An analysis of U.S. Census data from the pooled 2012-16 American Community Survey (ACS) and the 2008 Survey of Income and Program Participation (SIPP) shows an estimated 129,000 “unauthorized” immigrants in Michigan. Out of those, 120,000 were old enough to work and 75,000 may have been employed. Top industries for these workers were manufacturing and food services and lawn services, industries that Michigan is now gradually opening in light of “flattened” COVID-19 numbers.
California provides paltry relief to undocumented workers
On April 15, California became the first in the nation to pledge $75 million Disaster Relief Fund to support undocumented Californians impacted by COVID-19 who were otherwise ineligible for unemployment insurance benefits and disaster relief, including the CARES Act, due to their immigration status.
Approximately 150,000 undocumented adult Californians are to receive a one-time cash benefit of $500 per adult with a cap of $1,000 per household to deal with the specific needs arising from the COVID-19 pandemic, beginning this month. Philanthropic partners of the state promised another $50 million.
A week later, the political repercussions of such a bold move became apparent. A petition was filed with the California Supreme Court in San Francisco to block the disaster funds allocated to undocumented workers. The lawsuit, filed by The Center for American Liberty and the Dhillon Law Group, claimed the disaster assistance program is in violation of California and federal law because undocumented workers are ineligible for unemployment benefits. The lawsuit was eventually thrown out in court.
Yet, even such remedies seem shrouded, sooner or later, in attempts to put workers back to work, undocumented or not, even with no vaccine or cure for COVID-19 on the horizon. Temporary assistance now and then a return to work later, means undocumented workers will be asked return to their precarious, unrecognized and inequal place in society soon enough. No acknowledgment of this reality is yet to surface in California’s liberal state apparatus.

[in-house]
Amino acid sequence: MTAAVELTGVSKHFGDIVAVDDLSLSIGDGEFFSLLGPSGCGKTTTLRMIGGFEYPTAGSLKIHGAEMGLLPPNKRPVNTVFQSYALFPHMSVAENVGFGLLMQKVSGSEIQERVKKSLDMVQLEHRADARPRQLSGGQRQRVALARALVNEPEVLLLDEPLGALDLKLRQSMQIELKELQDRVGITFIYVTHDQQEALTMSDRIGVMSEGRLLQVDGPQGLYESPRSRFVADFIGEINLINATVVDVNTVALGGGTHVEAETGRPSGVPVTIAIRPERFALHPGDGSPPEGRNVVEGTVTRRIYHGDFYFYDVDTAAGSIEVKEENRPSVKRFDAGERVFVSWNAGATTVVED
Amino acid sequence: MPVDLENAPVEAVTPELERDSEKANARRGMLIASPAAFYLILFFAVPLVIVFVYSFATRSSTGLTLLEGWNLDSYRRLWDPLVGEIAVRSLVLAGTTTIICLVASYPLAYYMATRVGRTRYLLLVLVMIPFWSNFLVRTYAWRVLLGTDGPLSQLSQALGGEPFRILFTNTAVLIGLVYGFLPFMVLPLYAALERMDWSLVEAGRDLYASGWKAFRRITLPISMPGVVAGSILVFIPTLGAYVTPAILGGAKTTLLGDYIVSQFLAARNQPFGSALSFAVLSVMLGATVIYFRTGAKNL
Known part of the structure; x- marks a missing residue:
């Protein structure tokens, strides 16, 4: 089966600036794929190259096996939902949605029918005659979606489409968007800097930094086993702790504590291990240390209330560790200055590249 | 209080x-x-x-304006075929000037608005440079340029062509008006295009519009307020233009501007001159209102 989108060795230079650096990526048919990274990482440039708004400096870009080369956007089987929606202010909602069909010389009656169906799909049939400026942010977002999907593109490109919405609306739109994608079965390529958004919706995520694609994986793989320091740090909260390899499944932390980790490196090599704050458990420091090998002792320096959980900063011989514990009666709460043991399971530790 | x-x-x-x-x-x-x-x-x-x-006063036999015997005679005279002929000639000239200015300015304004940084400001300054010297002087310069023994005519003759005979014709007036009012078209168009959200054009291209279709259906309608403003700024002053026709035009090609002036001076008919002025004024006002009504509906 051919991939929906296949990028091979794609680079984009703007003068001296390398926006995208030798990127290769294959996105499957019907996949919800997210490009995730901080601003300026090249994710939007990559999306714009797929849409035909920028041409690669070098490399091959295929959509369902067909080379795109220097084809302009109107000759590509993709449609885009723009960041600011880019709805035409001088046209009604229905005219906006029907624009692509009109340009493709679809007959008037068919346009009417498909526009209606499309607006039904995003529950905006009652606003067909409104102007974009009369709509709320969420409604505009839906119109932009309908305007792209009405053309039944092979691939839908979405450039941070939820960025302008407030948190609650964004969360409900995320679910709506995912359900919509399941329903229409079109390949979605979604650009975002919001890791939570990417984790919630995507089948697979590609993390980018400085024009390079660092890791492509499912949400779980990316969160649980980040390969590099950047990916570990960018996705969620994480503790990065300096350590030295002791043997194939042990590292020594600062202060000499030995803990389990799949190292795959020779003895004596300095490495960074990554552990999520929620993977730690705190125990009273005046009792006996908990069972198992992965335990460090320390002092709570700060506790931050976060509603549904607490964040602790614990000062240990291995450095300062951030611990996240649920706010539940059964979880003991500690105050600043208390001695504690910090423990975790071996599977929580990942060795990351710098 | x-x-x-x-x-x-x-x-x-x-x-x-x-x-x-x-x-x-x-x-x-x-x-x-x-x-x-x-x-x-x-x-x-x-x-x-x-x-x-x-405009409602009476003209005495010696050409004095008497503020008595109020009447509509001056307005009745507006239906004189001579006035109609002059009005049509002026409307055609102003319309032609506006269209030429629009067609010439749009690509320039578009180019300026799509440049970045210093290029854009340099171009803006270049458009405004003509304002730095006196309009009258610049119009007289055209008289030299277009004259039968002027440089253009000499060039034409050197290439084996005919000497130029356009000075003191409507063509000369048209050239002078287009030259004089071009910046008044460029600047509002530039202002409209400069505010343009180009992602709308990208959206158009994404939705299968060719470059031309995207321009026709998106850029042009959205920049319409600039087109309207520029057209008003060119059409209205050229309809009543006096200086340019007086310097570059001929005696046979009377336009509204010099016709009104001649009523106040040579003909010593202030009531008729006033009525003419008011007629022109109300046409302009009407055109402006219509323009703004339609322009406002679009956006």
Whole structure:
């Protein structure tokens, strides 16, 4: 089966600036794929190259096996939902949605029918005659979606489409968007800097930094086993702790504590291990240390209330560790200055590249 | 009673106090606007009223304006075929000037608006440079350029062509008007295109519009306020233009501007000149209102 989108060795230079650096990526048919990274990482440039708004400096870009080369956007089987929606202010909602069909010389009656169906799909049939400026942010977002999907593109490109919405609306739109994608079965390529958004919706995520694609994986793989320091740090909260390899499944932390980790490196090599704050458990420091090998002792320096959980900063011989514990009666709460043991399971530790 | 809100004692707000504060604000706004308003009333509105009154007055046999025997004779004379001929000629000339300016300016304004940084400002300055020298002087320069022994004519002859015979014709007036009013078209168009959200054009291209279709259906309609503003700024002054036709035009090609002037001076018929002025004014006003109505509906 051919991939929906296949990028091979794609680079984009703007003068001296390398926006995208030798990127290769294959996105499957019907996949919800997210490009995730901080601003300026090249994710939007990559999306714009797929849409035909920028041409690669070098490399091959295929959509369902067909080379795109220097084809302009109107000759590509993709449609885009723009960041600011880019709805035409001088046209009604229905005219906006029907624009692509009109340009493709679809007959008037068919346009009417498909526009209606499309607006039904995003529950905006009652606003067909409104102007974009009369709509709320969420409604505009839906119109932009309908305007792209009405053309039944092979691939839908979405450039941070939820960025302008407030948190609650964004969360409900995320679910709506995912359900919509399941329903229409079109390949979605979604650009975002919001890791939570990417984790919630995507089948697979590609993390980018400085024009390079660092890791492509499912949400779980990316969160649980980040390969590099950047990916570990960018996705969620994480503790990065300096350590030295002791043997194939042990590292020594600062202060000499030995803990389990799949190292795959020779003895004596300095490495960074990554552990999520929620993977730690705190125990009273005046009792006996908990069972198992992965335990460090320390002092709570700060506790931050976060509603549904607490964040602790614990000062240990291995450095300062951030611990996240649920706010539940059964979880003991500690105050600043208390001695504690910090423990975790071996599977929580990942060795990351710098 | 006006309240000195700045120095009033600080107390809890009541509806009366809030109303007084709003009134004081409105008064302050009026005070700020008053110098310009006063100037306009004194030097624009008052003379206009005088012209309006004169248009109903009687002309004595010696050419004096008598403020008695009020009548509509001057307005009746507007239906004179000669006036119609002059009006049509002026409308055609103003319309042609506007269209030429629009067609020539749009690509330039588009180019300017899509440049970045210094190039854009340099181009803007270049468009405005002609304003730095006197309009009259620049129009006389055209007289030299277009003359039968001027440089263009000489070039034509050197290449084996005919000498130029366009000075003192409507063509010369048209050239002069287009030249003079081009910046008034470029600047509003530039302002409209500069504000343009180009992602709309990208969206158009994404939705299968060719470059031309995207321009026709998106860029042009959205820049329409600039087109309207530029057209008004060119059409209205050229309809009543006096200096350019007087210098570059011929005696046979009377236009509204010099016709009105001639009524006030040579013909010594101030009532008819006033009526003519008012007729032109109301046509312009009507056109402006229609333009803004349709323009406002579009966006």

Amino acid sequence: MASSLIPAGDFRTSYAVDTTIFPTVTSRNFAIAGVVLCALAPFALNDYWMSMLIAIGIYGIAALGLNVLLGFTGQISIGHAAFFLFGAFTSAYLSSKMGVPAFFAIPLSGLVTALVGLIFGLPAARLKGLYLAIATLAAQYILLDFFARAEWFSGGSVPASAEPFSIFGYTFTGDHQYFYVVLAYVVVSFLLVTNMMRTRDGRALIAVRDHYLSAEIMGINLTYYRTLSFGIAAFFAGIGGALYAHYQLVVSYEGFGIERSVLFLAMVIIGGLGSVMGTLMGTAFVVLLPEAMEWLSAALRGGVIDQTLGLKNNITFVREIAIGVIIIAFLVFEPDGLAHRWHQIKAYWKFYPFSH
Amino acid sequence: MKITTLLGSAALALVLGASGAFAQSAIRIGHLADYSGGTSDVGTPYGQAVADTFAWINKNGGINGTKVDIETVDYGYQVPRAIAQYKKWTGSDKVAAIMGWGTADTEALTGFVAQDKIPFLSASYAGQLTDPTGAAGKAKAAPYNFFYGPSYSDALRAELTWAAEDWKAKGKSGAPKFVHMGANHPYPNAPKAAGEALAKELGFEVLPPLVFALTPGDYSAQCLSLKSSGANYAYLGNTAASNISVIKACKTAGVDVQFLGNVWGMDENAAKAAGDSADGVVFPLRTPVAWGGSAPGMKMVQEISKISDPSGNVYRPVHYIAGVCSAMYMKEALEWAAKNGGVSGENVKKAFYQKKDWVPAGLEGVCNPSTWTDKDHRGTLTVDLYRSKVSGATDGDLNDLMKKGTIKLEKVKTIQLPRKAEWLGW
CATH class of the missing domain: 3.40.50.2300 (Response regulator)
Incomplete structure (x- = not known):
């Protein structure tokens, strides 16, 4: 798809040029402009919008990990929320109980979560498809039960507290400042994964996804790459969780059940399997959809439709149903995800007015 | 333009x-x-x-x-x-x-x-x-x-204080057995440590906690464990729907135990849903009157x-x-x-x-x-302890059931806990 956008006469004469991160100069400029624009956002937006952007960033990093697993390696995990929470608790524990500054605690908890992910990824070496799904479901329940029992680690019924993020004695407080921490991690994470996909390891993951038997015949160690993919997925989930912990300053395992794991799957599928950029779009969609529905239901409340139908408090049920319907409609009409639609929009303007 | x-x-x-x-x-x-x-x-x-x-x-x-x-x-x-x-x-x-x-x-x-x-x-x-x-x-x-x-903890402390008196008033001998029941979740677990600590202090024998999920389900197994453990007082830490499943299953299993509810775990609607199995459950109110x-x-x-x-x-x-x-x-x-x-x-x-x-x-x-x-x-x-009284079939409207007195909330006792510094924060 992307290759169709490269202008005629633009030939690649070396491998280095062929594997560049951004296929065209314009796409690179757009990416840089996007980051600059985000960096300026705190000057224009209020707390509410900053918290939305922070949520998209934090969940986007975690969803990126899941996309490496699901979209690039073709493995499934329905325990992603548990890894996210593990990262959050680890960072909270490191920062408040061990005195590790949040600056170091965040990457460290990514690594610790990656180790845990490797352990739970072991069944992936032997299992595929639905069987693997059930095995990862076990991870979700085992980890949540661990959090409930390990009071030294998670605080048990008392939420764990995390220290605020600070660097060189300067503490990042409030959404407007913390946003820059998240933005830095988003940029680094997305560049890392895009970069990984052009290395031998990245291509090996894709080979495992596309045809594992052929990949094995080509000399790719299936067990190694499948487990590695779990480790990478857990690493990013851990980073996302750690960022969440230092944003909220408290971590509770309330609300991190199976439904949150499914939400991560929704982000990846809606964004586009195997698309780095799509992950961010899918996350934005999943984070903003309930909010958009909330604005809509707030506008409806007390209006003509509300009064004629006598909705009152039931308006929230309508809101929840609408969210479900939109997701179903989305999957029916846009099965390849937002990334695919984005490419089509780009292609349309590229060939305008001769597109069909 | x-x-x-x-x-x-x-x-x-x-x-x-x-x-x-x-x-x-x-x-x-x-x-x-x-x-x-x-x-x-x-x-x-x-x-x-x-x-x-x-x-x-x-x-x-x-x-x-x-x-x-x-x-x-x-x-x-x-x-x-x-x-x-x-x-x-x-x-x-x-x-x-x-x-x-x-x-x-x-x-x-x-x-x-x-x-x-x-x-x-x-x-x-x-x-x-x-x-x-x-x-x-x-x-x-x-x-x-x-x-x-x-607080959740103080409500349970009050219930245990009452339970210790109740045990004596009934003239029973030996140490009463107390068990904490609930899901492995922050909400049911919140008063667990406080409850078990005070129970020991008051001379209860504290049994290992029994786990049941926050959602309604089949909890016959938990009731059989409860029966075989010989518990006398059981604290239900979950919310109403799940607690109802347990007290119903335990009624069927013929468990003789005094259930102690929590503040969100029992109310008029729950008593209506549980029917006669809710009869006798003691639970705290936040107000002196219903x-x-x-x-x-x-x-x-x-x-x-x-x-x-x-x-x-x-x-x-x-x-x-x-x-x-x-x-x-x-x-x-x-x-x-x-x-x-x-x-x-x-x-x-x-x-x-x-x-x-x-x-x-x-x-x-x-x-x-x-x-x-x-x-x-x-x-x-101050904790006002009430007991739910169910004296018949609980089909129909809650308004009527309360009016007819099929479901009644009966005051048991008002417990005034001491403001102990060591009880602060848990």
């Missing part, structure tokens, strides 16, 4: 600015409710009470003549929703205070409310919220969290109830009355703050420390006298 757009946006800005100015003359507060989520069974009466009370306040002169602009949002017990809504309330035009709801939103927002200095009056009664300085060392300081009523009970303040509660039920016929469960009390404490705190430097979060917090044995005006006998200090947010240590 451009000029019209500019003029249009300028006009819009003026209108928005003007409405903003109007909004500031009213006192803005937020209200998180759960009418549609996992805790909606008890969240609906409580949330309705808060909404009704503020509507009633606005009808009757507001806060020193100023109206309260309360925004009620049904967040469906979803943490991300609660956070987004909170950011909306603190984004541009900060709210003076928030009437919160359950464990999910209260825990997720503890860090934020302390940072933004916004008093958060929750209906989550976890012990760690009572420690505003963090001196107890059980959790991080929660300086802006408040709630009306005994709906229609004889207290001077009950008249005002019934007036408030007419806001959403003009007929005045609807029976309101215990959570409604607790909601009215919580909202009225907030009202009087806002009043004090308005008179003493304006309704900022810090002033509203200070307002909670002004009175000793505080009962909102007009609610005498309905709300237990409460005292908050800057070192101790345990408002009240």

Last month the California Insurance Commissioner Ricardo Lara told reporters over a Zoom call that most workers “wanna be out there” working during this dangerous pandemic (quite an assumption on his part). California already has workers’ comp for undocumented workers during and Lara has promised no rate hikes on auto insurance for lost licenses and other small measures during the pandemic.
The chief overseer of insurance companies in California claims already poor and struggling workers should still worry about paying car and health insurance bills, and that the responsibility is on them to look for extensions through insurance companies if they can’t.
Lara, who makes about $161,342 a year, once accepted thousands in campaign donations from insurance industry representatives, even after promising he wouldn’t. He also came under fire last year for sticking taxpayers with the cost of a second apartment in Sacramento.
Even while workers’ lives become increasingly difficult and dangerous under the pandemic, the commissioner wants to make the insurance industry gets paid and is eventually made whole.
“I always refer back to my parents (Lara’s often boasts of his previously undocumented factory worker), my parents will make that payment no matter what, if (their children didn’t) have anything to eat, they will make that payment because of that obligation they have,” Lara said.